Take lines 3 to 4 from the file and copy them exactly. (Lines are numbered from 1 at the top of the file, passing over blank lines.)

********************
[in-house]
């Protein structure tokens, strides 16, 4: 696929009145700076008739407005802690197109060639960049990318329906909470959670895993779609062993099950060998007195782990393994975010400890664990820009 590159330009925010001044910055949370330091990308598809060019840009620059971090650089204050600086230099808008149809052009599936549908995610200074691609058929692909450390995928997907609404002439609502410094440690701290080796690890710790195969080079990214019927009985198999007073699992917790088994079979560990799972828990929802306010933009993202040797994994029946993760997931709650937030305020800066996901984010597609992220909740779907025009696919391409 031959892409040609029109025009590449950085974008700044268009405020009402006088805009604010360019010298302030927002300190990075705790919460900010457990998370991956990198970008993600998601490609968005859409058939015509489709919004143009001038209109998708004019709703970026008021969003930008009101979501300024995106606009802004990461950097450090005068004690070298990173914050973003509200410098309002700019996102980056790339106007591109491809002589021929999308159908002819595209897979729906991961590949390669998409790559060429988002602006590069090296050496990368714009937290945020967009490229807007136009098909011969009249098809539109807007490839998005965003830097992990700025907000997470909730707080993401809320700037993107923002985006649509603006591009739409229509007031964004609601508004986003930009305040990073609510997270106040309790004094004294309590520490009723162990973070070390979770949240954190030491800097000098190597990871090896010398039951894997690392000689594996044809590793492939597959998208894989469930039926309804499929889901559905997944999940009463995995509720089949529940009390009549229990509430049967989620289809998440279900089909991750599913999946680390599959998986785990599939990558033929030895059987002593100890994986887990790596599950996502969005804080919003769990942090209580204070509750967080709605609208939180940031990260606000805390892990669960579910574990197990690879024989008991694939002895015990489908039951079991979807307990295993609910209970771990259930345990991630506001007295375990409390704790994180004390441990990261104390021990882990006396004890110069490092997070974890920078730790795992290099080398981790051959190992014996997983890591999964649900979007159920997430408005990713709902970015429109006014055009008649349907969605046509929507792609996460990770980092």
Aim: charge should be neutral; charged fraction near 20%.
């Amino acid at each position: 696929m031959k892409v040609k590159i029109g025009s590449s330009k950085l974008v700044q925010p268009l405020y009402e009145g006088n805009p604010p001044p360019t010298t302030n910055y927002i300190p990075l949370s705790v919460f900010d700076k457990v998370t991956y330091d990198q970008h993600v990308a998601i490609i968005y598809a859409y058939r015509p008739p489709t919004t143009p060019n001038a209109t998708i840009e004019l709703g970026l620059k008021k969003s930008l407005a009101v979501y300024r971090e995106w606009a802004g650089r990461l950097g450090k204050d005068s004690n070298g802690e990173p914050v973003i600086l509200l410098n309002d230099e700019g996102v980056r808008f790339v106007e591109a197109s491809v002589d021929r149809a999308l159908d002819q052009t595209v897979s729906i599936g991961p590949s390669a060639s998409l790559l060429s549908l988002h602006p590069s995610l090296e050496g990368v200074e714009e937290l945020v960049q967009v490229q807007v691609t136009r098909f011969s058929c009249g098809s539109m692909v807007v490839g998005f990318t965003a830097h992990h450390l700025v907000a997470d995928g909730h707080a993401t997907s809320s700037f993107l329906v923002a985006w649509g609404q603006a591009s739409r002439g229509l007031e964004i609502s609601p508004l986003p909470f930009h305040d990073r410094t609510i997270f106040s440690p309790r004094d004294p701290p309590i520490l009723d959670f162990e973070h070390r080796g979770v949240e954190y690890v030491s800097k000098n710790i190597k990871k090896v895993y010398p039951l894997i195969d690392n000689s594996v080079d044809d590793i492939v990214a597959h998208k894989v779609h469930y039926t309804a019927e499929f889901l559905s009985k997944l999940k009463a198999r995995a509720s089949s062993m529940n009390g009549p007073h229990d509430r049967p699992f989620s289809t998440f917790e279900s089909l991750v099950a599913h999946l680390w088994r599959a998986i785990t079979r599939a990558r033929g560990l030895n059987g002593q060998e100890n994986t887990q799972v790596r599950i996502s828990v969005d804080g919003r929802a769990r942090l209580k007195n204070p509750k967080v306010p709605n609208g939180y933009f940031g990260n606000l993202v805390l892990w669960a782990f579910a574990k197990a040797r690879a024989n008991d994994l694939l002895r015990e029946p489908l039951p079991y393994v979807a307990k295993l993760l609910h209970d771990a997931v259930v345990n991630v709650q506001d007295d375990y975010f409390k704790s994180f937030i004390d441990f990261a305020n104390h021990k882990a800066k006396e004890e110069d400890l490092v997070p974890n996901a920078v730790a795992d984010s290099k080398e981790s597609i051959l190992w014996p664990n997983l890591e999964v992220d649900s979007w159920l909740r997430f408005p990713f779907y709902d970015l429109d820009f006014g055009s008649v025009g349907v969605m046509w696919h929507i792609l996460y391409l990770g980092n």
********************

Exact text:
Aim: charge should be neutral; charged fraction near 20%.
């Amino acid at each position: 696929m031959k892409v040609k590159i029109g025009s590449s330009k950085l974008v700044q925010p268009l405020y009402e009145g006088n805009p604010p001044p360019t010298t302030n910055y927002i300190p990075l949370s705790v919460f900010d700076k457990v998370t991956y330091d990198q970008h993600v990308a998601i490609i968005y598809a859409y058939r015509p008739p489709t919004t143009p060019n001038a209109t998708i840009e004019l709703g970026l620059k008021k969003s930008l407005a009101v979501y300024r971090e995106w606009a802004g650089r990461l950097g450090k204050d005068s004690n070298g802690e990173p914050v973003i600086l509200l410098n309002d230099e700019g996102v980056r808008f790339v106007e591109a197109s491809v002589d021929r149809a999308l159908d002819q052009t595209v897979s729906i599936g991961p590949s390669a060639s998409l790559l060429s549908l988002h602006p590069s995610l090296e050496g990368v200074e714009e937290l945020v960049q967009v490229q807007v691609t136009r098909f011969s058929c009249g098809s539109m692909v807007v490839g998005f990318t965003a830097h992990h450390l700025v907000a997470d995928g909730h707080a993401t997907s809320s700037f993107l329906v923002a985006w649509g609404q603006a591009s739409r002439g229509l007031e964004i609502s609601p508004l986003p909470f930009h305040d990073r410094t609510i997270f106040s440690p309790r004094d004294p701290p309590i520490l009723d959670f162990e973070h070390r080796g979770v949240e954190y690890v030491s800097k000098n710790i190597k990871k090896v895993y010398p039951l894997i195969d690392n000689s594996v080079d044809d590793i492939v990214a597959h998208k894989v779609h469930y039926t309804a019927e499929f889901l559905s009985k997944l999940k009463a198999r995995a509720s089949s062993m529940n009390g009549p007073h229990d509430r049967p699992f989620s289809t998440f917790e279900s089909l991750v099950a599913h999946l680390w088994r599959a998986i785990t079979r599939a990558r033929g560990l030895n059987g002593q060998e100890n994986t887990q799972v790596r599950i996502s828990v969005d804080g919003r929802a769990r942090l209580k007195n204070p509750k967080v306010p709605n609208g939180y933009f940031g990260n606000l993202v805390l892990w669960a782990f579910a574990k197990a040797r690879a024989n008991d994994l694939l002895r015990e029946p489908l039951p079991y393994v979807a307990k295993l993760l609910h209970d771990a997931v259930v345990n991630v709650q506001d007295d375990y975010f409390k704790s994180f937030i004390d441990f990261a305020n104390h021990k882990a800066k006396e004890e110069d400890l490092v997070p974890n996901a920078v730790a795992d984010s290099k080398e981790s597609i051959l190992w014996p664990n997983l890591e999964v992220d649900s979007w159920l909740r997430f408005p990713f779907y709902d970015l429109d820009f006014g055009s008649v025009g349907v969605m046509w696919h929507i792609l996460y391409l990770g980092n």